Yamamoto co-founded the Multicultural Bar Alliance, a coalition of minority, women’s, and LGBTQ+ bar associations in Los Angeles.
She has also served on the commission on Sexual Orientation and Gender Identity for the American Bar Association and she was honored by API Equality and the Los Angeles County Human Relations Commission for her advocacy on behalf of the LGBTQ+ community.
2. Daphne Frias
23-year-old Daphne Frias is a Latina youth activist living with Cerebral Palsy. Frias, who uses a wheelchair, is a vocal champion for the disability community and is also engaged in several issues affecting young people: gun violence, climate change, and voter turnout, to name a few.
Frias started her activism work following the 2018 Stoneman Douglas High School shooting in Parkland, Florida, which claimed the lives of 17 people.
School shooting statistics were devastating the nation — and especially young people. After the shooting, she organized transportation for more than 100 students from her college campus to their local March For Our Lives event. In 2019, Frias was appointed the New York state director for March For Our Lives.
Through her work with March For Our Lives, Frias became passionate about increasing youth voter turnout and founded a bipartisan nonprofit called Box The Ballot to harness the power of absentee voting.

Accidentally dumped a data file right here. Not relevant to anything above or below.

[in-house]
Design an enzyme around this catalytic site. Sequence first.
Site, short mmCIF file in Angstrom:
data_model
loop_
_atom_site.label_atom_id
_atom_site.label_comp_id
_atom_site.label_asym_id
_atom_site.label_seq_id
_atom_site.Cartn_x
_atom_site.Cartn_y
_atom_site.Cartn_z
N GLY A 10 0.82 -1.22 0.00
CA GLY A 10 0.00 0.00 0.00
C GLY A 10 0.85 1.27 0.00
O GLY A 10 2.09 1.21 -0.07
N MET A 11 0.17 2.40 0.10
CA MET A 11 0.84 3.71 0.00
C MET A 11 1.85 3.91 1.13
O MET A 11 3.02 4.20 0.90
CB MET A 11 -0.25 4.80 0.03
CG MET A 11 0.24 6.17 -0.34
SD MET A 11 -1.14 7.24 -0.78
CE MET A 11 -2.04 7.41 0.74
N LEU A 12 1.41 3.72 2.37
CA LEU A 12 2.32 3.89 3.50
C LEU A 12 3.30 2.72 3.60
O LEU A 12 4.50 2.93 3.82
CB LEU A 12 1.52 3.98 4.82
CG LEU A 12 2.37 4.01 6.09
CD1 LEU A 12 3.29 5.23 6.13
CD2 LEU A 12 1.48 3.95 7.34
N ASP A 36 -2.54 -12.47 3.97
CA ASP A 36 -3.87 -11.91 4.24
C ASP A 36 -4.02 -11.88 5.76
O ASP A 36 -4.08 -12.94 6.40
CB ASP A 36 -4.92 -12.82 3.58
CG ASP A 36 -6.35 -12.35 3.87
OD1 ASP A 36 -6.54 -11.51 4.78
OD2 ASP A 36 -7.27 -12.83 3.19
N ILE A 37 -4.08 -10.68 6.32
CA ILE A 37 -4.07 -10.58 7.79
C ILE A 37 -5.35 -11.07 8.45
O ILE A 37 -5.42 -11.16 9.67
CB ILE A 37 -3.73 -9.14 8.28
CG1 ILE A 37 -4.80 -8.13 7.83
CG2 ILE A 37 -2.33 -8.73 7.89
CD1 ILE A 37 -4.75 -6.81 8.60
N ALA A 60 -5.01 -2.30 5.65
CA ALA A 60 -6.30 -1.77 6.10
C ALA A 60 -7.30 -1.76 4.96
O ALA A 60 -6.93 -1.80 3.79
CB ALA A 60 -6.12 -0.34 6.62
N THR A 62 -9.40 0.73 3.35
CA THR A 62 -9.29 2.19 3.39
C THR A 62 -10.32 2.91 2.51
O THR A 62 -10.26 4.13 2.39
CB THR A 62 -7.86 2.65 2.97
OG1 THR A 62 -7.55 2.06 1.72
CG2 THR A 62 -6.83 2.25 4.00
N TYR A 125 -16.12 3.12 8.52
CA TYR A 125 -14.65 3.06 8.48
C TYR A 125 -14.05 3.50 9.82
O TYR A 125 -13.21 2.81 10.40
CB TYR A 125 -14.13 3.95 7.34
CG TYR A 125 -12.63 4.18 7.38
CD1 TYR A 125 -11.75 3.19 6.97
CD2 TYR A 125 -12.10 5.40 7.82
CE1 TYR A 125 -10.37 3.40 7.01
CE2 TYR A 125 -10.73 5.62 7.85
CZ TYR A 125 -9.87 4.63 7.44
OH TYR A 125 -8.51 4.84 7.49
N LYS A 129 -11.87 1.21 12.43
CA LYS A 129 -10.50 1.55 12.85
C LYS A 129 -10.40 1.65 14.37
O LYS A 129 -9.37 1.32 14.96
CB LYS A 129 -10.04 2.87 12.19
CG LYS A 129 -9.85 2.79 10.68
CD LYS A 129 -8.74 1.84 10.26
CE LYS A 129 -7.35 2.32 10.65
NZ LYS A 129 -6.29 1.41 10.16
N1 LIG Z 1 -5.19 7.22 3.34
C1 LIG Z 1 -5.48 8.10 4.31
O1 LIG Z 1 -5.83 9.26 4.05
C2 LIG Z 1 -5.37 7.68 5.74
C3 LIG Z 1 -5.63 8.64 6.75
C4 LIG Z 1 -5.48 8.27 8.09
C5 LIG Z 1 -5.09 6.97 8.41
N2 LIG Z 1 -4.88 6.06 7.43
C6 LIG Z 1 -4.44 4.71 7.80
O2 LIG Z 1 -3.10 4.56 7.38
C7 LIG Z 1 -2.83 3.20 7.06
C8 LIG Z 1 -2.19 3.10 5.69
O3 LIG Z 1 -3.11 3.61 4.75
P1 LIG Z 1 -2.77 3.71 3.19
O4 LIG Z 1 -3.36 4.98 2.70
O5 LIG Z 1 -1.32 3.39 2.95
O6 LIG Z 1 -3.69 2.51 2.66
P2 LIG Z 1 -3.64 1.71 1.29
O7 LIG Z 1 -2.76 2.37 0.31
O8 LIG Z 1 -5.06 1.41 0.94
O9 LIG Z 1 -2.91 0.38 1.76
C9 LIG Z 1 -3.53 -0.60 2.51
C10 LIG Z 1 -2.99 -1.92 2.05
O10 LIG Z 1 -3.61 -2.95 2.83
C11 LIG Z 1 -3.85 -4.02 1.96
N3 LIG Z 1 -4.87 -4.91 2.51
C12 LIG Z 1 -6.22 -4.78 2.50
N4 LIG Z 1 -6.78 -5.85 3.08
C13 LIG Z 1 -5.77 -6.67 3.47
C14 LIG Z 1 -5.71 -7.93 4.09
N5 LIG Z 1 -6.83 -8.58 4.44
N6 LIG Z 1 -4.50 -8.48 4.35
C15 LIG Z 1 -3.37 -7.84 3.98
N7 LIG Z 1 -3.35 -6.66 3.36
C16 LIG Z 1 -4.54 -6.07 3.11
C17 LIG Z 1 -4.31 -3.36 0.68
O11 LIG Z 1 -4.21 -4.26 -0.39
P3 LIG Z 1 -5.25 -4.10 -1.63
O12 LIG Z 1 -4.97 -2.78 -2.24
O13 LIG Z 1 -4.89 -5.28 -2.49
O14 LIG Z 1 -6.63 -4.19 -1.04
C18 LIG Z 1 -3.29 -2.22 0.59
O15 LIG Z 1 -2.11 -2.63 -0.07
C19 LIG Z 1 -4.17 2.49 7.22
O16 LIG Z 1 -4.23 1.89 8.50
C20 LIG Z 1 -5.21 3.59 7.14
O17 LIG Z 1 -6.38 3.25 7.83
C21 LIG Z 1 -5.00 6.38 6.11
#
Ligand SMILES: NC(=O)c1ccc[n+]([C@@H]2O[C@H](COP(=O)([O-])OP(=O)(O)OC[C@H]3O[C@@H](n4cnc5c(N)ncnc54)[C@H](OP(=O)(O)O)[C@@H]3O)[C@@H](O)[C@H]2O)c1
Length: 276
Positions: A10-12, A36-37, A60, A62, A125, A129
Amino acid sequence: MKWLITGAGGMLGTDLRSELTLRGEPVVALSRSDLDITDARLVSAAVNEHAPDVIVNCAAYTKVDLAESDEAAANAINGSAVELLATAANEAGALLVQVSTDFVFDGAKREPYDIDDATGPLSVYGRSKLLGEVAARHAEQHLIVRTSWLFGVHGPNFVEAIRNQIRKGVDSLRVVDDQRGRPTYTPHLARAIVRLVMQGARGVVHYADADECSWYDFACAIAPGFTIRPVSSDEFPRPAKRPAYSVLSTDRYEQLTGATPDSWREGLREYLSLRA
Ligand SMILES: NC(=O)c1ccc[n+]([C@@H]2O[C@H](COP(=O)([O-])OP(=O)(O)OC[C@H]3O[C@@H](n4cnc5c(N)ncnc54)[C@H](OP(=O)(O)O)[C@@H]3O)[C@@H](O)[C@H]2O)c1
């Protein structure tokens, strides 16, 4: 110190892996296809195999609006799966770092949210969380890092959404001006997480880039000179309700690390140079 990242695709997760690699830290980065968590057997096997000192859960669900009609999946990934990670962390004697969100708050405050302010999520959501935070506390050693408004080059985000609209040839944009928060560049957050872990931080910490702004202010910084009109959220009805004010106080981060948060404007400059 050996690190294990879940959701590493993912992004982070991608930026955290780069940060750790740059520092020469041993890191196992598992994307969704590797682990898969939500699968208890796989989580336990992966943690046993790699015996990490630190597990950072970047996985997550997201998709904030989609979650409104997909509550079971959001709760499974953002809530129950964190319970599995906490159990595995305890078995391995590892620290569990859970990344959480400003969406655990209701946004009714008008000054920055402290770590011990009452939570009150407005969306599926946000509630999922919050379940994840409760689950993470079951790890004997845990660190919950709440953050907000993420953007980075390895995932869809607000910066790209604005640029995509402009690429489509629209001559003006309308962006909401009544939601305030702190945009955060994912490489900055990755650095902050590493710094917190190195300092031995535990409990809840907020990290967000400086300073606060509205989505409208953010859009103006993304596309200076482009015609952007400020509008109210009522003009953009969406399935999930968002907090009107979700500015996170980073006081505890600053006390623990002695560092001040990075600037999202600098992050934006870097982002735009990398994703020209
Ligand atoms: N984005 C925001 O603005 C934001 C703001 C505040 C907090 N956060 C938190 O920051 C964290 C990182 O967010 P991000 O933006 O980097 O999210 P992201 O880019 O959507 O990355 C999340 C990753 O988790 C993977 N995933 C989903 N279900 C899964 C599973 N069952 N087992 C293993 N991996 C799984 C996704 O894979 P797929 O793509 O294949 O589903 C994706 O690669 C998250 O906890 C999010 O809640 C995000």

In 2018, the group organized on more than 70 college campuses across the country and inspired nearly 400,000 students to vote.
3. Sara Mora
Immigration rights activist Sara Mora leverages the power of digital media to break down the stigma of being undocumented and to rally for immigration reform
As a teenager in New Jersey, she joined the Deferred Action for Childhood Arrivals program (DACA) program, which offers a two-year renewable legal status to undocumented immigrants who entered the U.S. as children.
Her work supporting DACA led her to interview the president of her home country, Costa Rica, in 2014. In the interview, Sara divulged her status as undocumented, an admission that caused her to go viral.
Others in her community praised her for her honesty and ability to open up the important conversation of immigrant status and rights.